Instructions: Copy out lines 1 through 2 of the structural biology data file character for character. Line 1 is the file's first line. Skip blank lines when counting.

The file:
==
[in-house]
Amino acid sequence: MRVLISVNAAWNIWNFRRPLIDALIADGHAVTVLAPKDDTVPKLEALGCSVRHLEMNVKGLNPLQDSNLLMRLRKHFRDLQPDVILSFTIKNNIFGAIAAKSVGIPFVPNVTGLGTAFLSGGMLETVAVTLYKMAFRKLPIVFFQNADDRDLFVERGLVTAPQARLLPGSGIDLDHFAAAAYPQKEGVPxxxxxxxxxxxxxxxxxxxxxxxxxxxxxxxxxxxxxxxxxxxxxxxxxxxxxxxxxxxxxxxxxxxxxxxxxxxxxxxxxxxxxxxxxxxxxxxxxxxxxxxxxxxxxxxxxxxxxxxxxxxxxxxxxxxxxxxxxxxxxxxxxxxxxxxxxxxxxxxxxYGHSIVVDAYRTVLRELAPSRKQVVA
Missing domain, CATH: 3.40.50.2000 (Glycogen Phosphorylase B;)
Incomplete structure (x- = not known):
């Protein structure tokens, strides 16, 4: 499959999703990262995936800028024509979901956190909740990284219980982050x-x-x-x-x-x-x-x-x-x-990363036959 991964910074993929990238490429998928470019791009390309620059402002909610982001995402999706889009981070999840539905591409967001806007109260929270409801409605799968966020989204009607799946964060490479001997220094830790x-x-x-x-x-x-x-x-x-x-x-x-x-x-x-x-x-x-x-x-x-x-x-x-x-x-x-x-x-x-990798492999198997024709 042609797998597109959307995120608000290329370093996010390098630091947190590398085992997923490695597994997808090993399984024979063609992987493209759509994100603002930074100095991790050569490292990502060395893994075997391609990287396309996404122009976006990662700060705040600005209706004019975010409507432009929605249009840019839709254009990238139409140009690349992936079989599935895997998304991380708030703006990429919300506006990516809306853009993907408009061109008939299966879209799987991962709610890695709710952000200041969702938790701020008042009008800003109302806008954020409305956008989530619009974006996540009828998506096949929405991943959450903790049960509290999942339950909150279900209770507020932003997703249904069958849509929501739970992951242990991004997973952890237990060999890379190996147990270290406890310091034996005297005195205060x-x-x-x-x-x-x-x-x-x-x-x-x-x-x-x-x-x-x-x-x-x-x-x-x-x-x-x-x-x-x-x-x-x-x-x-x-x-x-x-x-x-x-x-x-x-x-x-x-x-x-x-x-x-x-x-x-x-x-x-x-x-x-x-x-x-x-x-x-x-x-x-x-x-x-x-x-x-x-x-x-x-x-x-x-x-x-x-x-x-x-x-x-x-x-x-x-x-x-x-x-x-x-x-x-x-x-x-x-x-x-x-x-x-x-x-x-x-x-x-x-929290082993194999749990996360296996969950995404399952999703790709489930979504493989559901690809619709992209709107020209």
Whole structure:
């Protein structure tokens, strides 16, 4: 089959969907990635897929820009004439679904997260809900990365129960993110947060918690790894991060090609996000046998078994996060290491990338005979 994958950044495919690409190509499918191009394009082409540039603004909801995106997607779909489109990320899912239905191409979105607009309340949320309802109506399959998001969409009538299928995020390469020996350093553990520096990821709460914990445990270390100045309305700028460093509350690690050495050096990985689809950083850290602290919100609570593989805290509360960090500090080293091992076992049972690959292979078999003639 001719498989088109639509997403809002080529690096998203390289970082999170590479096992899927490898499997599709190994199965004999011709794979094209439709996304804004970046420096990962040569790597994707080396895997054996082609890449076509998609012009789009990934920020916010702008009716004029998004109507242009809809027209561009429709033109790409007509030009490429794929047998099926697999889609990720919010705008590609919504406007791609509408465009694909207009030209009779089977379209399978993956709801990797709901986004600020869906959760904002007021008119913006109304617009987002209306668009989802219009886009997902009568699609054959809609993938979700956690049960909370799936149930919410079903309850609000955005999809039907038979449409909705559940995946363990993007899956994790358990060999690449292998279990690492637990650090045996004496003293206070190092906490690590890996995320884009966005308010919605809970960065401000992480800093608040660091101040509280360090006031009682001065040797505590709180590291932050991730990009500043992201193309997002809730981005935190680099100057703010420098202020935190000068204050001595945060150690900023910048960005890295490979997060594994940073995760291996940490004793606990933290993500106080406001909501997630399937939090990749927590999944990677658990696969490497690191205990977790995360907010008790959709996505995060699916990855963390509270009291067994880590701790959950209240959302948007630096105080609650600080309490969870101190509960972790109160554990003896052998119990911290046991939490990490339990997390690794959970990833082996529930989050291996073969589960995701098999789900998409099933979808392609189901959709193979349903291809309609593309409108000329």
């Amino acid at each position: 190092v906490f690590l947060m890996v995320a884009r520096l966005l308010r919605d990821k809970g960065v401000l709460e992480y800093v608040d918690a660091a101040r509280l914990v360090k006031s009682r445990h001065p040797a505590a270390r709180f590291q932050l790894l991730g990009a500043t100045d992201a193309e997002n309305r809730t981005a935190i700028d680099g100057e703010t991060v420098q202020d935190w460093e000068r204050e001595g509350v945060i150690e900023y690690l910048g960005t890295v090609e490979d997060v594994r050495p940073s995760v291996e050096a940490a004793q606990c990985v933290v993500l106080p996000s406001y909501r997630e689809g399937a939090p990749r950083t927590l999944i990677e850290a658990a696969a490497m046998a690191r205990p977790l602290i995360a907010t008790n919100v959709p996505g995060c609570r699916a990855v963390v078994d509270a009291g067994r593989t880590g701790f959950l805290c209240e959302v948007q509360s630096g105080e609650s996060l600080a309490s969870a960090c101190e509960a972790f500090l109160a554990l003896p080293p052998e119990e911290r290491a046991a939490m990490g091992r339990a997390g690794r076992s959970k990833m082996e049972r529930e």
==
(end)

[in-house]
Amino acid sequence: MRVLISVNAAWNIWNFRRPLIDALIADGHAVTVLAPKDDTVPKLEALGCSVRHLEMNVKGLNPLQDSNLLMRLRKHFRDLQPDVILSFTIKNNIFGAIAAKSVGIPFVPNVTGLGTAFLSGGMLETVAVTLYKMAFRKLPIVFFQNADDRDLFVERGLVTAPQARLLPGSGIDLDHFAAAAYPQKEGVPxxxxxxxxxxxxxxxxxxxxxxxxxxxxxxxxxxxxxxxxxxxxxxxxxxxxxxxxxxxxxxxxxxxxxxxxxxxxxxxxxxxxxxxxxxxxxxxxxxxxxxxxxxxxxxxxxxxxxxxxxxxxxxxxxxxxxxxxxxxxxxxxxxxxxxxxxxxxxxxxxYGHSIVVDAYRTVLRELAPSRKQVVA